As usual, I am the queen of underestimation when it comes to time. Thank goodness my job and life are fairly flexible and the things that I do aren’t completely reliant on my own estimations as to how much time a particular project would take. If that were the case, I would be lost.
In trying to figure out why this happens so often and why I just can’t seem to get over the hurdle of accurately judging how long something will take me, I have come to the conclusion that it probably happens this way because I enjoy what I do so much. We all know it never seems like things take a long time to do when we like doing them. Time passes quickly in our minds and it seems as if it takes a great deal less to complete things that are pleasant for us to do.
So there. I have taken a potentially negative trait and turned it into a somewhat positive one. At least in my head. My conclusion is that I like what I do so much it seems like it takes no time at all to accomplish certain tasks, when in reality, the clock keeps ticking.
My hopes were to finish my cutting on the new project yesterday. I must admit that I didn’t start until mid-afternoon, as there were other business things that needed to be done before I settled down at the scroll saw. In looking at the drawings that I had made, I thought there would be no trouble at all not only completing the tray itself, but also the add-on snowflakes. So I coasted through my morning tasks without worry or a single thought of time.
As I began cutting, I once again fell into a nice rhythm and thought about how much I appreciated my saw. I am not sure if it is because of the Excalibur or the comfort of feeling as if I knew what I was doing or a little bit of both, but things hummed along just fine. As always, it was a thrill for me to see the design unfold on the piece of ash as the small pieces of wood fell to the floor, one at a time. I turned the piece over to look at the back countless times, as you could really see it unfolding that way and appreciate the beautiful grain. It was like unwrapping a gift, one layer at a time and with each cut made I was more excited.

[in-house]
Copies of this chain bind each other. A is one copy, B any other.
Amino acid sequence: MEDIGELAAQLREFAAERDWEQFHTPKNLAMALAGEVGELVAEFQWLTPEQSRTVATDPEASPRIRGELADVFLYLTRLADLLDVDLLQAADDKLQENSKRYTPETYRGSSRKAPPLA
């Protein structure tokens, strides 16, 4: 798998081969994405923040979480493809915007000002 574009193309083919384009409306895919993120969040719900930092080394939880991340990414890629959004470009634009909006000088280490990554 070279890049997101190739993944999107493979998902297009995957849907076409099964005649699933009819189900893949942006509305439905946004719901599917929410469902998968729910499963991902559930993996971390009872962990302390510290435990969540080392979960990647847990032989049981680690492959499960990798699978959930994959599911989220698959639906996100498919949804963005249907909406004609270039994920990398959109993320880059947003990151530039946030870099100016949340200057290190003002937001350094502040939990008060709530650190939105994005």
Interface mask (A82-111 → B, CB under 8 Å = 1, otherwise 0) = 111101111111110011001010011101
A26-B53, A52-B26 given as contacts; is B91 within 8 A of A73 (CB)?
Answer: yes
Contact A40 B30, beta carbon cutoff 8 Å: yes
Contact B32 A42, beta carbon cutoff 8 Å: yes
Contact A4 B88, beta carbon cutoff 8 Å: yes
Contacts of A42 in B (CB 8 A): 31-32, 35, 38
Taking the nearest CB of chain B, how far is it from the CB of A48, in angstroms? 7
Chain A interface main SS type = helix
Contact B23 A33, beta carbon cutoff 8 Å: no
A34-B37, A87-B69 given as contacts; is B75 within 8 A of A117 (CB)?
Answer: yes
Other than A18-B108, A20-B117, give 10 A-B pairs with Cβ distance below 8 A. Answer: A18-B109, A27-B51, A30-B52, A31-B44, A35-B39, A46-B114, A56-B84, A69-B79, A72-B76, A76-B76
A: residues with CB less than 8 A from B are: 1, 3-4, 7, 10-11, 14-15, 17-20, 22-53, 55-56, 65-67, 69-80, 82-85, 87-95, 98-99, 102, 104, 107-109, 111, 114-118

As I continued cutting though, I did also realize that finishing up the tray would take the better part of the day. While the cuts were not particularly difficult, they were small and many of them were fussy. Snowflakes can be like that. It is sometimes difficult to remember that everything you do on a snowflake is multiplied by six. Even if there are only three inside cuts per arm, that means the entire flake has 18 inside cuts. I was glad that I only decided to pepper the tray with ‘occasional’ snowflakes, filling in the rest with swirls which gave them movement and interest. When the design is completed you will see why I did things this way.
(As I side note, did I ever mention how it bothers me when I see 8 sided snowflakes?? There are no such things that naturally occur in nature and it is a pet peeve of mine when I see them. Just a random thought!)
Back to the tray . . .
I think it really came out nice:
The snowflakes on it are not the easiest cuts, but with some time and patience (and a 2/0 Olson scroll saw blade) they were not difficult at all. Perhaps a bit time consuming though. Remember – just because things take a bit more time, doesn’t mean that they are difficult. I think people confuse the two. I like to enjoy the process.
And here is a shot of the random swirls.
I am not good at “random” things. My head tries to constantly organize things and my random stuff usually turns out like wallpaper, where a design that appears to be random in actuality is a repeat of the design in some form or another. It was truly more difficult for me to draw the swirls and make them look how I wanted than to draw the snowflakes themselves. How crazy is that?
Today, I have several more individual snowflakes to cut out. By the time I was finished with this, it was dinner and there was stuff to do around here that needed attending. So I thought instead of pushing it I would finish the cutting up today. No harm in that.
I am liking this quite a bit, and I think it will look good knowing what I still have in store for it. But you will have to wait and see what else I have up my sleeve. ;)
On a final thought, I did want to post a reminder that Lee Valley tools has their Free Shipping on orders $40 or more for two more days. (And let’s be honest – what order there ISN’T under $40??) I just thought I would let you all know in case you are in need of anything or have any extra Christmas money to spend. With shipping costs as they are, it would save you a good amount.
I hope you like the progress report. To me, it is rather fun seeing this design evolve. All the while that I am cutting, I am designing in my head and thinking of the next projects to make.
And so the cycle continues . . .
Have a great Saturday!
-- Designer/Artist/Teacher. Owner of Sheila Landry Designs (http://www.sheilalandrydesigns.com) Scroll saw, wood working and painting patterns and surfaces. "Knowledge is Power"